From more humble beginnings of White Hat SEOs touting “content is king” to massive campaigning from search engines and marketers around the idea of quality “content marketing,” content marketing has come a long way.
However, the path we’ve been on is coming to an end. As brands and marketers, we’re at a fork in the road when it comes to content; the next path we take will either elevate our journey to the next level, or throw us into a never-ending roundabout that takes us nowhere.
The right path is marked “content performance marketing,” and it’s less about how we get there and more about what we’ve accomplished along the way. In this post, we’ll talk about three key components of content performance marketing, where you’re not just creatingquality content, but also anticipating demand, optimizing content, and most importantly, measuring it.
The Content Marketing Plateau
I don’t need to tell you how important content marketing is. Most marketers and brands that are on the leading edge are doing it in some form or another. In fact, according to the Content Marketing Institute, the most effective B2B marketers allocated 39 percent of the marketing budget to content in 2013.
I also don’t need to tell you just how much data we have to deal with today. The amount of content that’s being created goes hand-in-hand with the amount of data that’s being produced.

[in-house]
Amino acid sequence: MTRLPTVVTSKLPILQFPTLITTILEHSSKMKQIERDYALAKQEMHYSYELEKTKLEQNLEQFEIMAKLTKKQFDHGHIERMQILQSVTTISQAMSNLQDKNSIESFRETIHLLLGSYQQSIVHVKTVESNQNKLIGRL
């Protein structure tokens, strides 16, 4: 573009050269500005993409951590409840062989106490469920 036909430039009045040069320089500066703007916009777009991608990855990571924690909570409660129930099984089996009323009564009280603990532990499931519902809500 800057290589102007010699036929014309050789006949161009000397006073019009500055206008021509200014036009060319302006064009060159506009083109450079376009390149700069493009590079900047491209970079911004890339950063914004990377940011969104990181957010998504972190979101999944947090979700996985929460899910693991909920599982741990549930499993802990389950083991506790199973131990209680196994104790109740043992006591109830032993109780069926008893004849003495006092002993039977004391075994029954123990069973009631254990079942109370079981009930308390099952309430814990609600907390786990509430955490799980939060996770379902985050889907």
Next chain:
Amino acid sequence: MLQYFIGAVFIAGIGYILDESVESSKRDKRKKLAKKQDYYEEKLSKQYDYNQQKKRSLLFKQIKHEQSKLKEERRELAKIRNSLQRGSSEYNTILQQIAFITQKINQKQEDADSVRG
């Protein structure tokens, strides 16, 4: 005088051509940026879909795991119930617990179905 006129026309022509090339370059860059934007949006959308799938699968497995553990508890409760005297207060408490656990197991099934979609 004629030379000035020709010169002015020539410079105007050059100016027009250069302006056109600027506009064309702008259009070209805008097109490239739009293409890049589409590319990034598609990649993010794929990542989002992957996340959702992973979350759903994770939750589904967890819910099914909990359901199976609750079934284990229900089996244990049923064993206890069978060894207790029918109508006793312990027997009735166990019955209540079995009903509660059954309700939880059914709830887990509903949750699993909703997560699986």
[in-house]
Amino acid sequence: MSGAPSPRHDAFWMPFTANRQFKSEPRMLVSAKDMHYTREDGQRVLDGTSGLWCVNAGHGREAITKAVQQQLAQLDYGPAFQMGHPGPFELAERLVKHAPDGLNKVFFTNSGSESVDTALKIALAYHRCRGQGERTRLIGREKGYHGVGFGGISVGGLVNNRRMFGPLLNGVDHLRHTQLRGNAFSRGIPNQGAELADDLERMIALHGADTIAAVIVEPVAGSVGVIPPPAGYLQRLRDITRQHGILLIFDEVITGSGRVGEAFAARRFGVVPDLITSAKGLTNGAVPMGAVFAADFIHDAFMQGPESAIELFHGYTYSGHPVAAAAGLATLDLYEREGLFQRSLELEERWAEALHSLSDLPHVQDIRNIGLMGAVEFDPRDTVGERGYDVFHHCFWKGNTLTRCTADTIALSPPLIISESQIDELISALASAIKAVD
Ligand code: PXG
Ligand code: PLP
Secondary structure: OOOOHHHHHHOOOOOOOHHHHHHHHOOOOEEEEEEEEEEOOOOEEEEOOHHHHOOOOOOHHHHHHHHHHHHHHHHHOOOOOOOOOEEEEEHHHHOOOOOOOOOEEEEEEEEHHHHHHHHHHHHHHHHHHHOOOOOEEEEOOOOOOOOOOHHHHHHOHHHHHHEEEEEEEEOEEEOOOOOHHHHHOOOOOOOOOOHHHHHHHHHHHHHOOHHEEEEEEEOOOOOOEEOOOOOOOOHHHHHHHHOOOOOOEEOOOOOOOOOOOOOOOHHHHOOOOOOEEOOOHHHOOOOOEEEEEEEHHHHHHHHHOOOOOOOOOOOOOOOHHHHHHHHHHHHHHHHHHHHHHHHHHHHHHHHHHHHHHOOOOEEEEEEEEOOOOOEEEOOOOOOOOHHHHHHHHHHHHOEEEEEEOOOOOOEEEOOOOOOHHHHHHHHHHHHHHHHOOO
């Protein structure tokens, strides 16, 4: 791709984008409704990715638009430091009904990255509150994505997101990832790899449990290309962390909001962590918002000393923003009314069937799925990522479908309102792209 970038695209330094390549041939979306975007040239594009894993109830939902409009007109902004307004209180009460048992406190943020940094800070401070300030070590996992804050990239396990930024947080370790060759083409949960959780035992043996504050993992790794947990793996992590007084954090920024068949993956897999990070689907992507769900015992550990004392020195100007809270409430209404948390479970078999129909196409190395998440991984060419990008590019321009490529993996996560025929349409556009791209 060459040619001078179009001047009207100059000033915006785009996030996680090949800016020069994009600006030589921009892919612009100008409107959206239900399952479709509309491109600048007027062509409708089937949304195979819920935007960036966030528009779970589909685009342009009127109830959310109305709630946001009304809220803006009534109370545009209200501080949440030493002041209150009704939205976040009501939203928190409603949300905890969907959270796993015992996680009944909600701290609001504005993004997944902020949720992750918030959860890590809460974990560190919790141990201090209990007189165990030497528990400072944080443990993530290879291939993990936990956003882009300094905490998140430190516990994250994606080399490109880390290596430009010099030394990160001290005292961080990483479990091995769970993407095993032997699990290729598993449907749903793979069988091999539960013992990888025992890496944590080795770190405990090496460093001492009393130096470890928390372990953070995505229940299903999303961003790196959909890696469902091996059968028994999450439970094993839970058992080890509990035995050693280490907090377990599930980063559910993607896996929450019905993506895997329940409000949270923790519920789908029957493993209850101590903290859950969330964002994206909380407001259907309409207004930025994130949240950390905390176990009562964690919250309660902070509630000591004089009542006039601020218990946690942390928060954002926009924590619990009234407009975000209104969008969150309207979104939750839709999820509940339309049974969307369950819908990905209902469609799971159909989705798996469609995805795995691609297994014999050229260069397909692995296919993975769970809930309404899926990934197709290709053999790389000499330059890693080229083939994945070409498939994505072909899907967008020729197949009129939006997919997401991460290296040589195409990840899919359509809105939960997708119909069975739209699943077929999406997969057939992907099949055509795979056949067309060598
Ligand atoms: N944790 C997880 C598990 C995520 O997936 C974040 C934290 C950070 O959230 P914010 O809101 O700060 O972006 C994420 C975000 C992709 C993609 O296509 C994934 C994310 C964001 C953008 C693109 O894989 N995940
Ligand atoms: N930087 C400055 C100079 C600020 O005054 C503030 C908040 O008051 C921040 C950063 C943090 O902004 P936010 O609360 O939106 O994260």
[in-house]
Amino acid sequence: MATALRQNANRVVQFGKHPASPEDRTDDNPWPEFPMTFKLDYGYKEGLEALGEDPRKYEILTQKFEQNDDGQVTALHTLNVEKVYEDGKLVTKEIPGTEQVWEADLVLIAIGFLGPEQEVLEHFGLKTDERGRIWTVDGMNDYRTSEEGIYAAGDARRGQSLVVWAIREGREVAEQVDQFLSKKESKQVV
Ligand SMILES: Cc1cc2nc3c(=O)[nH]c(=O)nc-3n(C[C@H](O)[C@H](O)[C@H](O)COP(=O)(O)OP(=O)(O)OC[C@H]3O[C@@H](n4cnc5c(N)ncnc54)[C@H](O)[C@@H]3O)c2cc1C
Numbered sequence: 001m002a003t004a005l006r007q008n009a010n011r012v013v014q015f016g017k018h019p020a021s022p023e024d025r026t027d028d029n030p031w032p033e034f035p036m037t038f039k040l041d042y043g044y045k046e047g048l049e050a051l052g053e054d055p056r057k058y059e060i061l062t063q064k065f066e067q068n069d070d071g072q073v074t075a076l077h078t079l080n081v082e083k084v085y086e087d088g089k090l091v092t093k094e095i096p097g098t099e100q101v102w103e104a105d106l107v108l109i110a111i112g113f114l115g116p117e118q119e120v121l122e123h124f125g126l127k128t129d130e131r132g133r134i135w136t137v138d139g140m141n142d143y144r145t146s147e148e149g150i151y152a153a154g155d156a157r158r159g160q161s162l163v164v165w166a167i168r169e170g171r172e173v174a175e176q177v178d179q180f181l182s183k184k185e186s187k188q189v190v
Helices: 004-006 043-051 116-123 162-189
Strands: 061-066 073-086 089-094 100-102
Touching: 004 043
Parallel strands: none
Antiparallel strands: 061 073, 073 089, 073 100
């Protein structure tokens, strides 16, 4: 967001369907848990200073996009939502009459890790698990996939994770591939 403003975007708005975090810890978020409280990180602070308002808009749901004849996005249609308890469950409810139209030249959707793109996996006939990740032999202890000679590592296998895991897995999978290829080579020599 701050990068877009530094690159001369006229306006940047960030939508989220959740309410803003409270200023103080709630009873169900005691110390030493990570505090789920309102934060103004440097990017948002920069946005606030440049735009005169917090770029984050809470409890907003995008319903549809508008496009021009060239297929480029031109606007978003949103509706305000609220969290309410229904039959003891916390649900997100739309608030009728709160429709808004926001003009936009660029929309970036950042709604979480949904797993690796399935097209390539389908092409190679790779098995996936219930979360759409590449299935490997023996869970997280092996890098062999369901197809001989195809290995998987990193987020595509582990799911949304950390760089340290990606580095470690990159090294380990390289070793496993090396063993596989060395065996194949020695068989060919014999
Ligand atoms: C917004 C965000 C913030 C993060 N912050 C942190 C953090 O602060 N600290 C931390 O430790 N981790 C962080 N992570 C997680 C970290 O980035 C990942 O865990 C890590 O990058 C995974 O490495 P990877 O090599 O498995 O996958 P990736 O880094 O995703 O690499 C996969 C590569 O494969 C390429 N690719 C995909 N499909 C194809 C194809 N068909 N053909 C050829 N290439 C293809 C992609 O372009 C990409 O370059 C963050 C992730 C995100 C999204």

The more content, the more competition, and the harder it is – as consumers and marketers – to cut through the noise and scale efficiently
Content Performance Marketing: 3 Steps to Success
Step 1: Target Demand
Content performance marketing starts with understanding the demand for content. Your goal is to be visible where your audience is looking for your products and services.
But the demand for types of content is changing every day, and the audience you serve expects more than ever before.
In the past, shoppers on an e-commerce site would have been satisfied with well-categorized products on a website and good product content; now those same customers want you to help them buy the product by offering buying guides and a customized shopping experience.
In practice, supplying the content for the demand leads to brands capitalizing on the long-tail queries that we see more and more today (especially with the growing mobile audience and how they search).
One great example of answering these types of queries with in-demand content is Nordstrom and its how-to video on scarves, answering the query “how to tie a scarf.”
Brands that win are brands that know where their audience is and how they like to receive information, and then they create content assets that are optimized for those search queries.
Here are five tips for targeting demand as part of a content performance strategy:
- Gauge demand by looking at the historical performance of your Web content over time, observing the peaks and meadows. Pair that with data on trending topics over time, and what’s happening now.
- Assess the trends around the types of content your audience wants. As each content asset takes resources, be clear on those that are in highest demand to get the most bang for your buck.
- Dive into the seasonality of your business, and understand when you need to ramp up content based on things like holiday shopping seasons – when the demand is higher for retailers’ content.